Compared to the first floor of George Eastman’s historic mansion—which we restored more than 25 years ago to closely resemble how it looked during his life—we know less about the second floor and how it was decorated, and we have relatively few pieces of furniture that are original to the second-floor rooms. Nevertheless, over the course of the last few years, the George Eastman Museum has made great strides in revitalizing the second floor— and more enhancements are being planned. Walking through the mansion’s second floor has become an important part of the full Eastman Museum experience.
George Eastman loved orchestral organ music and incorporated it into his daily life as well as his entertaining. When the mansion was constructed in 1905, the Aeolian Organ Company installed what we call the South Organ. In 1918, the north organ chamber was added to complement the original organ and create a surroundsound effect, but a fire destroyed this chamber’s organ in 1949, shortly before the museum opened. In 2012, Dr. Richard Zipf donated to the Eastman Museum his Aeolian organ, along with funds for its shipment, refurbishment, and installation in the north organ chamber. In 2013, with the expert assistance of Parsons Pipe Organ Builders, the south and north organ pipes were connected, retrofitted, and tuned to re-create the intended surround sound. The stunning north organ chamber can now be made accessible to visitors. In 2015, Dr. and Mrs. Zipf continued their benevolence by establishing the Organ Second floor. Walk up! Preservation Endowment Fund, which will help assure that the entire organ is well maintained far into the future.
In 2014, we refurbished the room in the southeast corner of the second floor as a sitting room. The room features four oil paintings: a portrait of George Eastman, donated to the museum by George M. C. Fisher in 2013; posthumous portraits of each of Eastman’s parents, recently restored with grants from the Greater Hudson Heritage Network; and a portrait of his niece Ellen Dryden. This summer, we are opening two small exhibits about Eastman’s life and philanthropy, including one on the dental clinics he founded in the United States and Europe (see page 13). The room is furnished as a place where our visitors can sit and relax. Its refurbishment was generously supported by friends of Georgia Gosnell.
One of our key initiatives is to use the second floor to present the evolution of photographic technology. The new exhibition, From the Camera Obscura to the Revolutionary Kodak (see page 6), was organized by Todd Gustavson, the curator of our technology collection, with help from William Green, curatorial assistant in the Department of Photography. Next to the Donna Fielding Discovery Room, we have converted a small room with a great view of the West Garden into a camera obscura (Latin for “dark room”), a device that preceded the invention of photography by more than a millennium. The camera obscura provides a unique view of the beautiful historic garden. The image, which changes with weather and the angle of the sun, is most striking on a bright morning or early afternoon.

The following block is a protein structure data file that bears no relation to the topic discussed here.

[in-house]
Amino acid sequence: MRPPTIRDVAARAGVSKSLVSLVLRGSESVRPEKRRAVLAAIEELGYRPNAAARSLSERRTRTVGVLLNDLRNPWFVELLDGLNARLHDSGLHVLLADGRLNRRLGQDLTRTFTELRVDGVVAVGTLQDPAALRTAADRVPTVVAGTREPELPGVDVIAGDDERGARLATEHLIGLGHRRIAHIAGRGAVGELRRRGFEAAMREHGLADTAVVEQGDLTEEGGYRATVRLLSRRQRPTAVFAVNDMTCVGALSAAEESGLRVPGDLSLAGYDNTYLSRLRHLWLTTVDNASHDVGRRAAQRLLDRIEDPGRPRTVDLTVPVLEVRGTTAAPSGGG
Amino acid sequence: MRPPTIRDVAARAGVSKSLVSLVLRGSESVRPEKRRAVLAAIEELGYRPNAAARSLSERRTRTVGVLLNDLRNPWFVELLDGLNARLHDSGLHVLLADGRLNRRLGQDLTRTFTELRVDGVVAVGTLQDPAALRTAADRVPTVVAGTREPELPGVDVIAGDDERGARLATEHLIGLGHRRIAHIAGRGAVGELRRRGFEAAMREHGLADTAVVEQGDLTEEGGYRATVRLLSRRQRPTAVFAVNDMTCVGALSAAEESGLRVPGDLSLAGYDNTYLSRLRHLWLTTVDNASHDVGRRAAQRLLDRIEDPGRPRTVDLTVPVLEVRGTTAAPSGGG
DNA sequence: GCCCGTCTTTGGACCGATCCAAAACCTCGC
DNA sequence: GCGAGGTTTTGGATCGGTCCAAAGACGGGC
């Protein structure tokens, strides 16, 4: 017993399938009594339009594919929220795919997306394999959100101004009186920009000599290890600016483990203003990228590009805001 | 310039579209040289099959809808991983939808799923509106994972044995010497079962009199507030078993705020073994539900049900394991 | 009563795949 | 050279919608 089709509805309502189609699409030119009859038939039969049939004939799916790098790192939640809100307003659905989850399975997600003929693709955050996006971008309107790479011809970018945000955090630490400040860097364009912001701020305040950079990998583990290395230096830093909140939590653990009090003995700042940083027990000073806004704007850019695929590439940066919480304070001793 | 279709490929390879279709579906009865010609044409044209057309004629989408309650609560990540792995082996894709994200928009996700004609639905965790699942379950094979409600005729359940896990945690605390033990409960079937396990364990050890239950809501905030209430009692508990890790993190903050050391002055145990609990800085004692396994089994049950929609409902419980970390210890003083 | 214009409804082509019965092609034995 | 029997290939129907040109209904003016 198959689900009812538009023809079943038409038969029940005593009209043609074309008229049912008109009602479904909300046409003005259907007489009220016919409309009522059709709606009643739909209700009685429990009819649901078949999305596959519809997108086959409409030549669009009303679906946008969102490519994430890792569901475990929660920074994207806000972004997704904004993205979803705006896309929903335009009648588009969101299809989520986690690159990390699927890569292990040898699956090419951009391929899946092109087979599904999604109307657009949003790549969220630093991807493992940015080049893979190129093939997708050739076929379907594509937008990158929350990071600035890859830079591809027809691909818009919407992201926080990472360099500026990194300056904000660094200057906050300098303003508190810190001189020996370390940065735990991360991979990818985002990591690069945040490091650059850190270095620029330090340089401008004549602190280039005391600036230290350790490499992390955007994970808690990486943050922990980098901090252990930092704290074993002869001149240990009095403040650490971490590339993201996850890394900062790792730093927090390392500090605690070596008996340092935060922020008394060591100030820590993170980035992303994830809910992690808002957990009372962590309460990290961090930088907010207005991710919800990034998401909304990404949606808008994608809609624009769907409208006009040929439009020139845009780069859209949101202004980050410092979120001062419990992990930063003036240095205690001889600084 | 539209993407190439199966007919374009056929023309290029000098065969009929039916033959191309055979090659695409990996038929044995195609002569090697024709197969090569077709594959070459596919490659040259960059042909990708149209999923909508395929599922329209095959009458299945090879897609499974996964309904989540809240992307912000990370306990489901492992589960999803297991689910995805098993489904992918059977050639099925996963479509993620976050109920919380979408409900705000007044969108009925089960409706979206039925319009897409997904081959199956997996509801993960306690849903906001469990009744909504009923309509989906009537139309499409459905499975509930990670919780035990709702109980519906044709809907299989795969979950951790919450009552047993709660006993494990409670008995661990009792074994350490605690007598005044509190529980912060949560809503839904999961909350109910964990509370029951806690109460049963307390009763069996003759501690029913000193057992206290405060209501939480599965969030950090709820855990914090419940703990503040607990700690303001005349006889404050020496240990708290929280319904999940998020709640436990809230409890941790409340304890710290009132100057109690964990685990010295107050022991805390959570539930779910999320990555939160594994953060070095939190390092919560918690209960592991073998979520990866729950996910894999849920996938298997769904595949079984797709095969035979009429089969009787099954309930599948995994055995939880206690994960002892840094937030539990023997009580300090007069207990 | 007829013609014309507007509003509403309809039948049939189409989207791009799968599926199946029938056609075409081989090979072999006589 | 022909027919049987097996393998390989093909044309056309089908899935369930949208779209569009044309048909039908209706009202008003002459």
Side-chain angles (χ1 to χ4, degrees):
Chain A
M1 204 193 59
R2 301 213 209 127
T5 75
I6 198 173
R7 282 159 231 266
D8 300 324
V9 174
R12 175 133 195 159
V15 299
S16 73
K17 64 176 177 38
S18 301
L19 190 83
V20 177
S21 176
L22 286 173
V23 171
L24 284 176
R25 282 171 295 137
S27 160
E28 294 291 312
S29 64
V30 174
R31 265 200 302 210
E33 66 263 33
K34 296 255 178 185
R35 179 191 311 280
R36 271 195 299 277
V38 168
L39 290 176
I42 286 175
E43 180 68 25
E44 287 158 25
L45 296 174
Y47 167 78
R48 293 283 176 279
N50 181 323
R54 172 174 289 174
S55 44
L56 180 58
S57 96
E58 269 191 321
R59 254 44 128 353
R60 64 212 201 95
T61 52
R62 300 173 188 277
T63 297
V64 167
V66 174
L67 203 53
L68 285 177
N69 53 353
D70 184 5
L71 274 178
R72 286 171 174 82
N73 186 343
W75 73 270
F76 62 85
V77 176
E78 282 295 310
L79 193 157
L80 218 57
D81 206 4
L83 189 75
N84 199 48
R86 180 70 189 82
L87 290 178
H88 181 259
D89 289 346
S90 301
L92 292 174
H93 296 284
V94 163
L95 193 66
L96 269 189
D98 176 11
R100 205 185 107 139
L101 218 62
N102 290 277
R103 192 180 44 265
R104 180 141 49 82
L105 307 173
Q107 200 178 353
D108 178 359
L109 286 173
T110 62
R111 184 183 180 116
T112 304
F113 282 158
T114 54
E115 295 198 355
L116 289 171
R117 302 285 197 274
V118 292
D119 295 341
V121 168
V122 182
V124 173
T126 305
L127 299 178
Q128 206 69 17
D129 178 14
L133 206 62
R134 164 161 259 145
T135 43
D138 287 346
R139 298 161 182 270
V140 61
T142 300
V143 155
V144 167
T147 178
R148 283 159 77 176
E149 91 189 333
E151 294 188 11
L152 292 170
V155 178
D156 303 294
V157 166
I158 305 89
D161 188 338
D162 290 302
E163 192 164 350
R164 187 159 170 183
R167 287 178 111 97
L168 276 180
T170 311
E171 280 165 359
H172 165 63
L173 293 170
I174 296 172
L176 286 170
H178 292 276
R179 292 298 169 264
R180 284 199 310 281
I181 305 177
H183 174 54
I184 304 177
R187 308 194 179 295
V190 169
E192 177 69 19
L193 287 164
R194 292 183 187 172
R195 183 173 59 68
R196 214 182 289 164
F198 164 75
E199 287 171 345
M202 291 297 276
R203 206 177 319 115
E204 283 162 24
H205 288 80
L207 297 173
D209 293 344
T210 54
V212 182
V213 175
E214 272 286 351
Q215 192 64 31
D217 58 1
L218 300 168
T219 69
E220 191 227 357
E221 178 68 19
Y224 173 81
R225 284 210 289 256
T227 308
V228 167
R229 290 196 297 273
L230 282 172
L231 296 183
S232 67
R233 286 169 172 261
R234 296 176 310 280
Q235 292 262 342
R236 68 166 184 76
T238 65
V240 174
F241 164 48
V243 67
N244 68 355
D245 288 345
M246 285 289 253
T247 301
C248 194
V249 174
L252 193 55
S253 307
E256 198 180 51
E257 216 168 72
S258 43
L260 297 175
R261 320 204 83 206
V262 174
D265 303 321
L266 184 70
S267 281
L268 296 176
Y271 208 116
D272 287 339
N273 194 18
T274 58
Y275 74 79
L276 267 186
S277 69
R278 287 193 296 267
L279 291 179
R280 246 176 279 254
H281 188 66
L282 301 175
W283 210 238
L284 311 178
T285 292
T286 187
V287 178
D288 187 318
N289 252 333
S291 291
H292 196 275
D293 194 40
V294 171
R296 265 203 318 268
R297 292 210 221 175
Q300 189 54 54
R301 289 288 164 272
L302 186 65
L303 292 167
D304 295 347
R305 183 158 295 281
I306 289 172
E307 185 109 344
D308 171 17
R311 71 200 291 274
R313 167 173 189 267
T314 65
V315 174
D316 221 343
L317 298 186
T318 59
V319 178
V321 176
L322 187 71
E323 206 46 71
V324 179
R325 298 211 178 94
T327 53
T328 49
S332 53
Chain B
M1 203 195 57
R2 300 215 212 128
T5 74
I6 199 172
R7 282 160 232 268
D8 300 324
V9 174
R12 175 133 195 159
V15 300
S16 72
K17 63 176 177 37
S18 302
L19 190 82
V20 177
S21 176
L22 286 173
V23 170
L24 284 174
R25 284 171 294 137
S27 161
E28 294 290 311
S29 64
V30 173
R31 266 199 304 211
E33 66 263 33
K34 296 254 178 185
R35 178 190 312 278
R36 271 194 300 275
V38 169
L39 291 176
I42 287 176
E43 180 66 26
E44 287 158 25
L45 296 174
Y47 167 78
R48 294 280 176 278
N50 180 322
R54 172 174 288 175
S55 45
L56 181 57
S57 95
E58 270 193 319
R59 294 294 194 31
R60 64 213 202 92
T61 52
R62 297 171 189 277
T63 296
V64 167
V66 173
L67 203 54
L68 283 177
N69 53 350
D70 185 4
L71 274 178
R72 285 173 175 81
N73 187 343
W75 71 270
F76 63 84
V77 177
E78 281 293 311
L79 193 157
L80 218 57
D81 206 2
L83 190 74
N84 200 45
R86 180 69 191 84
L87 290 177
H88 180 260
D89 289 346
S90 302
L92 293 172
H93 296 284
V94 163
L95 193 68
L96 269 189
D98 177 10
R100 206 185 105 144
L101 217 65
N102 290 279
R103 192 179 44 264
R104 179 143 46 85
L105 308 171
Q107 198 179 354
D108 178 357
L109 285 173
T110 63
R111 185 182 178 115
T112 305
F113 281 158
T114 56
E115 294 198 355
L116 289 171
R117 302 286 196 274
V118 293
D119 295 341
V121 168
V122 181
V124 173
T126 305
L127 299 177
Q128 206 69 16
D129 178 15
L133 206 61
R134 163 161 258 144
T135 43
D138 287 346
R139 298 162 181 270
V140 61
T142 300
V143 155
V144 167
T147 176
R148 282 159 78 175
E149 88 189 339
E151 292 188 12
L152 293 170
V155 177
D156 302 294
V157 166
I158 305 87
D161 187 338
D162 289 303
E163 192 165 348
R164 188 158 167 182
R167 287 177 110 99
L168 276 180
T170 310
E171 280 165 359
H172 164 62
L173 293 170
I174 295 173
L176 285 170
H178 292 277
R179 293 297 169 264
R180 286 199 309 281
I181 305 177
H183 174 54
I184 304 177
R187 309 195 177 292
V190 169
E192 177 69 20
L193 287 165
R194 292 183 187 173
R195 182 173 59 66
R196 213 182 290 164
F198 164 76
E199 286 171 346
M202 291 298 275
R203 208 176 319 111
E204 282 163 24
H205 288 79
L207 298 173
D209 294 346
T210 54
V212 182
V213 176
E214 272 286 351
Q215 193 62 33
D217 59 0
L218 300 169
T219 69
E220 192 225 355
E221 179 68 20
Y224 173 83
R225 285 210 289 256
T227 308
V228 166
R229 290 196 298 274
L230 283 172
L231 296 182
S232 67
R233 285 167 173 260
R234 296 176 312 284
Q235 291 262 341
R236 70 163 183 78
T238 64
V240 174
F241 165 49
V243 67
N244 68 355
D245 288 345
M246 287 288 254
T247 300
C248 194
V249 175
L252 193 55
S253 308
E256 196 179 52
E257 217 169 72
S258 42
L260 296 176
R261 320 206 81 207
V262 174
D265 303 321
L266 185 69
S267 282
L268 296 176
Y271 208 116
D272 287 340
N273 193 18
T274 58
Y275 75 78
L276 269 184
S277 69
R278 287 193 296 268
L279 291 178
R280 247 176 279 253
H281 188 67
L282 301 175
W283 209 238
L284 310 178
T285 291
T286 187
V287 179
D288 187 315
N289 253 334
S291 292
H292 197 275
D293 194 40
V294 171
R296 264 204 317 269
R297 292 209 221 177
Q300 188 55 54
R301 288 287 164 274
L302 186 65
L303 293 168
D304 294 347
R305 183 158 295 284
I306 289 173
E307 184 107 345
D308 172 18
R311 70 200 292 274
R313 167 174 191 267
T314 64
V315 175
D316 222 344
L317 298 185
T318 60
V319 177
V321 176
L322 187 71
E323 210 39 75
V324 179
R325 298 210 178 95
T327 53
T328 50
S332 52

From the camera obscura, visitors can proceed to a newly renovated gallery that displays cameras and other equipment for three types of nineteenth-century photographic processes: daguerreotypes, collodion wet plate, and dry plate. The renovation and installation of these galleries was supported by a generous gift from Debbie Lestz Teahan and Thomas Teahan in loving memory of Nathaniel S. Lestz, who was a passionate photographer and camera collector.
The exhibition concludes with the nearby corridor gallery dedicated to early Kodak cameras, introduced in 1888. This set of cameras and related photographs and documents was first installed in October 2013, on the occasion of the camera’s 125th anniversary. The Kodak camera revolutionized photography, by making it vastly simpler— “you press the button, we do the rest.”
Next year, resources permitting, we plan to add to our second-floor gallery spaces in order to extend our presentation of the history of photographic technology to the present day—from the introduction of the Brownie camera in 1900, through the twentieth century’s mass popularization of photography (including instant photography), to the invention of digital photography and the current ubiquity of devices that are capable of recording digital photographs. Upon completion of this project, our secondfloor galleries will exhibit objects from our world-class collection to present an excellent general overview of the full, ongoing history of photographic technology.
I hope that you will take the opportunity to visit the second floor of the historic mansion on your next visit and see these exciting developments.
Bruce Barnes, Ph.D.
Ron and Donna Field Director
July/August 2016 Bulletin